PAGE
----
Stand Up for the Freedom Fighters
Some have wondered when that fateful turn began, that moment that marked “the beginning of the end of the Soviet Empire.” For those of us who endured Soviet oppression behind the Iron Curtain, it came in 1956, brought about by a scrappy pack of kids, many of whom paid the ultimate price for their courage.
On October 23rd, 1956 the first, unexpected shots of the Hungarian revolution rang out. In unimaginable scenes, Budapest became a tapestry for armed revolt, as students, workers, teachers and Hungarians from all walks of life said, “enough.” Each day the revolution gained momentum as more of the Soviet apparatus was stripped of credibility and power. The people responded to the call for freedom and everyone had cause to believe it would succeed. Then the Soviet army with its tanks wielding overwhelming force rolled into the city, crushing the resistance of our brave youth. But their cause did succeed – just decades later.
Take the case of Péter Mansfeld, an apprentice machinist who joined the revolution at Széna Square in Buda. Then fifteen, he volunteered to join Hungary’s freedom fighters, bravely supplying them with food and delivering messages. As the Soviets rolled back the revolution with tank and artillery fire, twelve days later on November 4th, Mansfeld refused to give up. He buried a cache of weapons and melted back into the mayhem of Kadar’s post-revolution Hungary. He waited to fight another day. The security forces of the regime picked him up, however, and threw him in prison, holding him until he was old enough to be executed. Shortly after his eighteenth birthday in March 1959, Péter Mansfeld was executed for his role in the revolution. Law and order of the Communist kind prevailed in Hungary.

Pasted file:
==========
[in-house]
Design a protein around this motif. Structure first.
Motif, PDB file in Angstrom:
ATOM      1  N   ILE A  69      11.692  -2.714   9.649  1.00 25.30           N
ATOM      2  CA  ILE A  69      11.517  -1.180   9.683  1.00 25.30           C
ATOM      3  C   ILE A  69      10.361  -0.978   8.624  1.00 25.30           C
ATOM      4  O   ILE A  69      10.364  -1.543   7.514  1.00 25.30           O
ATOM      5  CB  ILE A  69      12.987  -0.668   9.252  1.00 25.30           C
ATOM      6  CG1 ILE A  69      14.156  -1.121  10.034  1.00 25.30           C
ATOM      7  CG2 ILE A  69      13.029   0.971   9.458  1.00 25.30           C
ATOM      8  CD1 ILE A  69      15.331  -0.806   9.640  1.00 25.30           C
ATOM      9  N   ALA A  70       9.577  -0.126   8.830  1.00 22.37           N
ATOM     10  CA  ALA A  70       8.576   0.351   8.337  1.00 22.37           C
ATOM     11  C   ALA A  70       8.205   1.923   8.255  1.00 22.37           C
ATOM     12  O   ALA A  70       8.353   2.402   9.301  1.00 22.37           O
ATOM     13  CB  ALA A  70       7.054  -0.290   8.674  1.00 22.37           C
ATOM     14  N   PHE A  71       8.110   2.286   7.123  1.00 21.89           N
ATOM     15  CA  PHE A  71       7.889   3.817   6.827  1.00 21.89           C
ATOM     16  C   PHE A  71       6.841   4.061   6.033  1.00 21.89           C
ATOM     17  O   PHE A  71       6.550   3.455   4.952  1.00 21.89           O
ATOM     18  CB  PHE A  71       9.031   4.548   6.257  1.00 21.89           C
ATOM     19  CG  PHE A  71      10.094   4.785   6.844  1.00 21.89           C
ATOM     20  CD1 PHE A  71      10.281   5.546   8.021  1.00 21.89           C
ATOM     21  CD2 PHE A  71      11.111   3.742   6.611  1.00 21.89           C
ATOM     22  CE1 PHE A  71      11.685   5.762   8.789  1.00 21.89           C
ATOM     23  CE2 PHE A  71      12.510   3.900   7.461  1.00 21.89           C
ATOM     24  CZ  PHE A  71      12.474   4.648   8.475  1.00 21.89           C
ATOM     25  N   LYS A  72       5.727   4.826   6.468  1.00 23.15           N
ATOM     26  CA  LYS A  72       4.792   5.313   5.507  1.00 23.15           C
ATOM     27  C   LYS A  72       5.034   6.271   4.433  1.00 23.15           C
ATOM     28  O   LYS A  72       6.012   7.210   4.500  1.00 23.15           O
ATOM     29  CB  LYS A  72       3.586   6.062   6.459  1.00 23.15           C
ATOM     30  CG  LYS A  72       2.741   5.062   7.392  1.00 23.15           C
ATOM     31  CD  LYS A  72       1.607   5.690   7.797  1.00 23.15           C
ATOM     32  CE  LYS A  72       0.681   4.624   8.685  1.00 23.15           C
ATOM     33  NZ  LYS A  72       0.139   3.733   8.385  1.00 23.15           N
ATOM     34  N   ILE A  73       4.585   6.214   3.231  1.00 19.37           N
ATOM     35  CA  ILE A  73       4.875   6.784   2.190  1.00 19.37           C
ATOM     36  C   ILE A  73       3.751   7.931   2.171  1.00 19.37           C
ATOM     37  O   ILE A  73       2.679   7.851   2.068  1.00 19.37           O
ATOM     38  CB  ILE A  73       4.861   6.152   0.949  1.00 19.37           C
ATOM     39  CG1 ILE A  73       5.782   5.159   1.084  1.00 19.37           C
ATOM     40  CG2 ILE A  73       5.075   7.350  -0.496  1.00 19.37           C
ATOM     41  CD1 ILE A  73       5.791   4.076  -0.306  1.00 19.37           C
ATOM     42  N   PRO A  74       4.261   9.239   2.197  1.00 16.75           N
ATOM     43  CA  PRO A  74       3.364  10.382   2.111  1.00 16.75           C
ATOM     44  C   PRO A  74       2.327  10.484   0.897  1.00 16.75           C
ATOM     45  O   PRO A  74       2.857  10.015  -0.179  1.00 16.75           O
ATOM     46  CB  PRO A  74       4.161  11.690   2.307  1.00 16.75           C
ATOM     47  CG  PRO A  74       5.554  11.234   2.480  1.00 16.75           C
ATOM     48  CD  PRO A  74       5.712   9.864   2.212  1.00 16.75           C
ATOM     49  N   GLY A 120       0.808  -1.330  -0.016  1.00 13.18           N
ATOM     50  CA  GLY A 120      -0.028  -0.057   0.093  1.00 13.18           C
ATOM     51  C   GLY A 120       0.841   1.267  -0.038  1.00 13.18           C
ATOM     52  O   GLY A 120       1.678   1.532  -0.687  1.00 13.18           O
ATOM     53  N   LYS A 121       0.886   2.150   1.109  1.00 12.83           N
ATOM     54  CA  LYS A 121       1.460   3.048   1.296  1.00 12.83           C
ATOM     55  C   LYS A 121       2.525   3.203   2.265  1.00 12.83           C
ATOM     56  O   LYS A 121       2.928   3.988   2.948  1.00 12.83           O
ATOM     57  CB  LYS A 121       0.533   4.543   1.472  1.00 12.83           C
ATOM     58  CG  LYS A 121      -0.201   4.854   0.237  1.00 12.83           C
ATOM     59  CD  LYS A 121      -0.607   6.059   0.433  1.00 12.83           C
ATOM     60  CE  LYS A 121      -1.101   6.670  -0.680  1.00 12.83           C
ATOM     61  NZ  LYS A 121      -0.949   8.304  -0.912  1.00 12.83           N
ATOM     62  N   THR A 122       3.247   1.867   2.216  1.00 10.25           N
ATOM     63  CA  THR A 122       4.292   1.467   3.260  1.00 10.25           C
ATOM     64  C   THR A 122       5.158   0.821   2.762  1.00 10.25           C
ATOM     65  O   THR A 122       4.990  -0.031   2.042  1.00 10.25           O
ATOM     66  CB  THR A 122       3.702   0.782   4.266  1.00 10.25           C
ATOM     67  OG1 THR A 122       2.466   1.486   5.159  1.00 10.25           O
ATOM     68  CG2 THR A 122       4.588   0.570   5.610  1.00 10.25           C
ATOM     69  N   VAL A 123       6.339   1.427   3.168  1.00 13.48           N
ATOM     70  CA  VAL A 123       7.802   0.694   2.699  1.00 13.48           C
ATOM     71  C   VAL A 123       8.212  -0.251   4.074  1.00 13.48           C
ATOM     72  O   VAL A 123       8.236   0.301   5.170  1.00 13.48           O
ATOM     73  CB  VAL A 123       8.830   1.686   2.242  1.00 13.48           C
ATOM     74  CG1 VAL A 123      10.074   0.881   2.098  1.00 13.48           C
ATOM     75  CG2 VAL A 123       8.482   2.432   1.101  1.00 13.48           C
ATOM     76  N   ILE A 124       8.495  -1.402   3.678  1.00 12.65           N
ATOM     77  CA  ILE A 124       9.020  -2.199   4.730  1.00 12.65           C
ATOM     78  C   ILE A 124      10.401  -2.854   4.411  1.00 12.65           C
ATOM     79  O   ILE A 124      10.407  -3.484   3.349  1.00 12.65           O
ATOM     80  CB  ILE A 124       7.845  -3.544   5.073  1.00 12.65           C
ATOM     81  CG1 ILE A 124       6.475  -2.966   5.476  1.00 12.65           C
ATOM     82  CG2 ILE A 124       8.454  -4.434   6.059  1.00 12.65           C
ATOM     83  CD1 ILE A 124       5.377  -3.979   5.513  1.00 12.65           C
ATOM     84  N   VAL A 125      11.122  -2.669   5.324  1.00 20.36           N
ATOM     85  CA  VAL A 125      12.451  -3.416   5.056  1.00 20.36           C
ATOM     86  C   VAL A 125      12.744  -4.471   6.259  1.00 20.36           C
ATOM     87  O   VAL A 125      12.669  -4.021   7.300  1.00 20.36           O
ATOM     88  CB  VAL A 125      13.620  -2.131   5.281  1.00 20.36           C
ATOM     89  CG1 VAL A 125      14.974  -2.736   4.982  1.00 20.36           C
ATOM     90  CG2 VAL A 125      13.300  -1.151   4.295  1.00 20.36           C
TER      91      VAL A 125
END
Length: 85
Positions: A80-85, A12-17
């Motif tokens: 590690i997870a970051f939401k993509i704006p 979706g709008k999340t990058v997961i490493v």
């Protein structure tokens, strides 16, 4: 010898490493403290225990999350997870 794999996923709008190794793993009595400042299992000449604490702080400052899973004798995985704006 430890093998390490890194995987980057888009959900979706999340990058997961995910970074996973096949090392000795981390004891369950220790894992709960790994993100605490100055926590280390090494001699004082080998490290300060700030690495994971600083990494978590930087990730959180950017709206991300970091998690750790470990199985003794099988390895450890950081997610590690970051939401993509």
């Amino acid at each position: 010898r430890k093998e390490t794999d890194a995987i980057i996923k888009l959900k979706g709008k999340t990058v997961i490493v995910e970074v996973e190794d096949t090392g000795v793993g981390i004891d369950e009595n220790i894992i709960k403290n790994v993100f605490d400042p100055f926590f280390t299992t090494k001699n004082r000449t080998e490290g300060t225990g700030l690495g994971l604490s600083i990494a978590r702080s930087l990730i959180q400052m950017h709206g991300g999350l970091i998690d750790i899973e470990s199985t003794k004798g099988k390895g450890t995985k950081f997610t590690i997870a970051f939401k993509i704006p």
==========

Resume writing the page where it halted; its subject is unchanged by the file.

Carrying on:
For 33 years, any public commemoration of the events of 1956 was forbidden. It stayed buried in the back of everyone’s minds. Everyone knew the regime could not last against the nation’s desire for freedom. Not until October 23, 1989, when a free Republic of Hungary was reborn, could the stories of freedom fighters like Mansfeld be acknowledged, though there are still many around who would rather have us forget.
Today, a free and prosperous Hungary, a member of NATO and the European Union, celebrates these heroes. In 1956, without thinking about personal risks and chances, Hungarians stood up courageously against oppression, for the future of their nation. Today, we are indebted to them for our freedom.
This year is the 60th anniversary of the Hungarian Revolution. Buildings are being painted with murals based on iconic photographs of these heroes, local and international bodies honor their heritage and researchers record their memories. In honoring their legacy, we give thanks to the heroes of ’56 for our liberty.